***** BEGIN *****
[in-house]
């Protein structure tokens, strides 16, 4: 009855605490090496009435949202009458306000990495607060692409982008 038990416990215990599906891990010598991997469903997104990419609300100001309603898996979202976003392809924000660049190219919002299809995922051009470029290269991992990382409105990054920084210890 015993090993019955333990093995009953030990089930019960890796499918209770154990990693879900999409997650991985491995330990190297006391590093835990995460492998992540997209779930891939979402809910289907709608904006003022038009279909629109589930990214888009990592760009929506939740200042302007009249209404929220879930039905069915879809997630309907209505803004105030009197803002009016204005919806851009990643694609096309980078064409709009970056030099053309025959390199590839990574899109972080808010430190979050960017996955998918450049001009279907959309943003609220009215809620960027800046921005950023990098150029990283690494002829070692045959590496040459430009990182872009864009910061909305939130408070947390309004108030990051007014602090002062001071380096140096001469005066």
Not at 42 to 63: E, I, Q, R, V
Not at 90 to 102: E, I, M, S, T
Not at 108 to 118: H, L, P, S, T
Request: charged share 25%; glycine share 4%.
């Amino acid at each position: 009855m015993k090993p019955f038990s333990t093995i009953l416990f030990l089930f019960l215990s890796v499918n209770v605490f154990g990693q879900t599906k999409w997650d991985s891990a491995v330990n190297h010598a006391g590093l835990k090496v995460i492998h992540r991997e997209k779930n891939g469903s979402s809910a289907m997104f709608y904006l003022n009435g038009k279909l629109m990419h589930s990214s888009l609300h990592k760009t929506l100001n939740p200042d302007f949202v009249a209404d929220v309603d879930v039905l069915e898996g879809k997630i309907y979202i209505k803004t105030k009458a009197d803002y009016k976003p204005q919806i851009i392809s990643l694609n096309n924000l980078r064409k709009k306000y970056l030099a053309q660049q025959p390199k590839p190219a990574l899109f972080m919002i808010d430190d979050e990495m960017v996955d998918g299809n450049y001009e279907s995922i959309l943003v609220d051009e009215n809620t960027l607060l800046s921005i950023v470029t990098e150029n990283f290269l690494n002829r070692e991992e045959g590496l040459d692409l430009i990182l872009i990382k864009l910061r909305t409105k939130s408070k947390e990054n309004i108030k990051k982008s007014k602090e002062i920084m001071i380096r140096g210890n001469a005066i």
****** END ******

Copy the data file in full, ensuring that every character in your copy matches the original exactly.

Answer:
[in-house]
């Protein structure tokens, strides 16, 4: 009855605490090496009435949202009458306000990495607060692409982008 038990416990215990599906891990010598991997469903997104990419609300100001309603898996979202976003392809924000660049190219919002299809995922051009470029290269991992990382409105990054920084210890 015993090993019955333990093995009953030990089930019960890796499918209770154990990693879900999409997650991985491995330990190297006391590093835990995460492998992540997209779930891939979402809910289907709608904006003022038009279909629109589930990214888009990592760009929506939740200042302007009249209404929220879930039905069915879809997630309907209505803004105030009197803002009016204005919806851009990643694609096309980078064409709009970056030099053309025959390199590839990574899109972080808010430190979050960017996955998918450049001009279907959309943003609220009215809620960027800046921005950023990098150029990283690494002829070692045959590496040459430009990182872009864009910061909305939130408070947390309004108030990051007014602090002062001071380096140096001469005066």
Not at 42 to 63: E, I, Q, R, V
Not at 90 to 102: E, I, M, S, T
Not at 108 to 118: H, L, P, S, T
Request: charged share 25%; glycine share 4%.
């Amino acid at each position: 009855m015993k090993p019955f038990s333990t093995i009953l416990f030990l089930f019960l215990s890796v499918n209770v605490f154990g990693q879900t599906k999409w997650d991985s891990a491995v330990n190297h010598a006391g590093l835990k090496v995460i492998h992540r991997e997209k779930n891939g469903s979402s809910a289907m997104f709608y904006l003022n009435g038009k279909l629109m990419h589930s990214s888009l609300h990592k760009t929506l100001n939740p200042d302007f949202v009249a209404d929220v309603d879930v039905l069915e898996g879809k997630i309907y979202i209505k803004t105030k009458a009197d803002y009016k976003p204005q919806i851009i392809s990643l694609n096309n924000l980078r064409k709009k306000y970056l030099a053309q660049q025959p390199k590839p190219a990574l899109f972080m919002i808010d430190d979050e990495m960017v996955d998918g299809n450049y001009e279907s995922i959309l943003v609220d051009e009215n809620t960027l607060l800046s921005i950023v470029t990098e150029n990283f290269l690494n002829r070692e991992e045959g590496l040459d692409l430009i990182l872009i990382k864009l910061r909305t409105k939130s408070k947390e990054n309004i108030k990051k982008s007014k602090e002062i920084m001071i380096r140096g210890n001469a005066i």